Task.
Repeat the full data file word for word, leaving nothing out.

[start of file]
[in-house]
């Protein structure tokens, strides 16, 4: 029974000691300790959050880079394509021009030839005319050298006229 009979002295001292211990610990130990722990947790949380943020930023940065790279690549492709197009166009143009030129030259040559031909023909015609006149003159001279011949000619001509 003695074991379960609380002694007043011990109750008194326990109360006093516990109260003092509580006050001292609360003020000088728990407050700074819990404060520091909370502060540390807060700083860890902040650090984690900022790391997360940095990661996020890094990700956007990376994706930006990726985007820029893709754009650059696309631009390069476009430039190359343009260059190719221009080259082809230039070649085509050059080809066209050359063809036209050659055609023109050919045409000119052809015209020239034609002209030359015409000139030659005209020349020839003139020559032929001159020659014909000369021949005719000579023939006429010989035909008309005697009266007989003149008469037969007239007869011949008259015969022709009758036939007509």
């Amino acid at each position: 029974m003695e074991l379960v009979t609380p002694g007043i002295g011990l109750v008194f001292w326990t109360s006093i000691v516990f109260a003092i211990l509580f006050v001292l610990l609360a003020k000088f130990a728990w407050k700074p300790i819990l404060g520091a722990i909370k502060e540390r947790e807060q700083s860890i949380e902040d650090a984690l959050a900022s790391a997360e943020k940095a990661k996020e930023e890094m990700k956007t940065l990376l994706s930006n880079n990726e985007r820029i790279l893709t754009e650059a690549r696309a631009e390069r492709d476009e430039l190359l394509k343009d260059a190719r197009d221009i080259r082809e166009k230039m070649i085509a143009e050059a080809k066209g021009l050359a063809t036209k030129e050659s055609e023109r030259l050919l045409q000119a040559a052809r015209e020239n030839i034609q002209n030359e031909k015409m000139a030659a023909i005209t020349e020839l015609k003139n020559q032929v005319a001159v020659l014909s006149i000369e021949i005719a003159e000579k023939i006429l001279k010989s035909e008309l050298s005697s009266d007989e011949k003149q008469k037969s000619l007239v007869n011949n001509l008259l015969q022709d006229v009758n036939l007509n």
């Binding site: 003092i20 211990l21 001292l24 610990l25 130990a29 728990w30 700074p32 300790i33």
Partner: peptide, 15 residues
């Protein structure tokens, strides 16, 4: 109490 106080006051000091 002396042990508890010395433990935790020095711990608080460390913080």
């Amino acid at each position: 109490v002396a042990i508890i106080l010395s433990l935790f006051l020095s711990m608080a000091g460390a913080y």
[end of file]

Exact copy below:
[in-house]
């Protein structure tokens, strides 16, 4: 029974000691300790959050880079394509021009030839005319050298006229 009979002295001292211990610990130990722990947790949380943020930023940065790279690549492709197009166009143009030129030259040559031909023909015609006149003159001279011949000619001509 003695074991379960609380002694007043011990109750008194326990109360006093516990109260003092509580006050001292609360003020000088728990407050700074819990404060520091909370502060540390807060700083860890902040650090984690900022790391997360940095990661996020890094990700956007990376994706930006990726985007820029893709754009650059696309631009390069476009430039190359343009260059190719221009080259082809230039070649085509050059080809066209050359063809036209050659055609023109050919045409000119052809015209020239034609002209030359015409000139030659005209020349020839003139020559032929001159020659014909000369021949005719000579023939006429010989035909008309005697009266007989003149008469037969007239007869011949008259015969022709009758036939007509």
């Amino acid at each position: 029974m003695e074991l379960v009979t609380p002694g007043i002295g011990l109750v008194f001292w326990t109360s006093i000691v516990f109260a003092i211990l509580f006050v001292l610990l609360a003020k000088f130990a728990w407050k700074p300790i819990l404060g520091a722990i909370k502060e540390r947790e807060q700083s860890i949380e902040d650090a984690l959050a900022s790391a997360e943020k940095a990661k996020e930023e890094m990700k956007t940065l990376l994706s930006n880079n990726e985007r820029i790279l893709t754009e650059a690549r696309a631009e390069r492709d476009e430039l190359l394509k343009d260059a190719r197009d221009i080259r082809e166009k230039m070649i085509a143009e050059a080809k066209g021009l050359a063809t036209k030129e050659s055609e023109r030259l050919l045409q000119a040559a052809r015209e020239n030839i034609q002209n030359e031909k015409m000139a030659a023909i005209t020349e020839l015609k003139n020559q032929v005319a001159v020659l014909s006149i000369e021949i005719a003159e000579k023939i006429l001279k010989s035909e008309l050298s005697s009266d007989e011949k003149q008469k037969s000619l007239v007869n011949n001509l008259l015969q022709d006229v009758n036939l007509n």
């Binding site: 003092i20 211990l21 001292l24 610990l25 130990a29 728990w30 700074p32 300790i33």
Partner: peptide, 15 residues
């Protein structure tokens, strides 16, 4: 109490 106080006051000091 002396042990508890010395433990935790020095711990608080460390913080």
């Amino acid at each position: 109490v002396a042990i508890i106080l010395s433990l935790f006051l020095s711990m608080a000091g460390a913080y």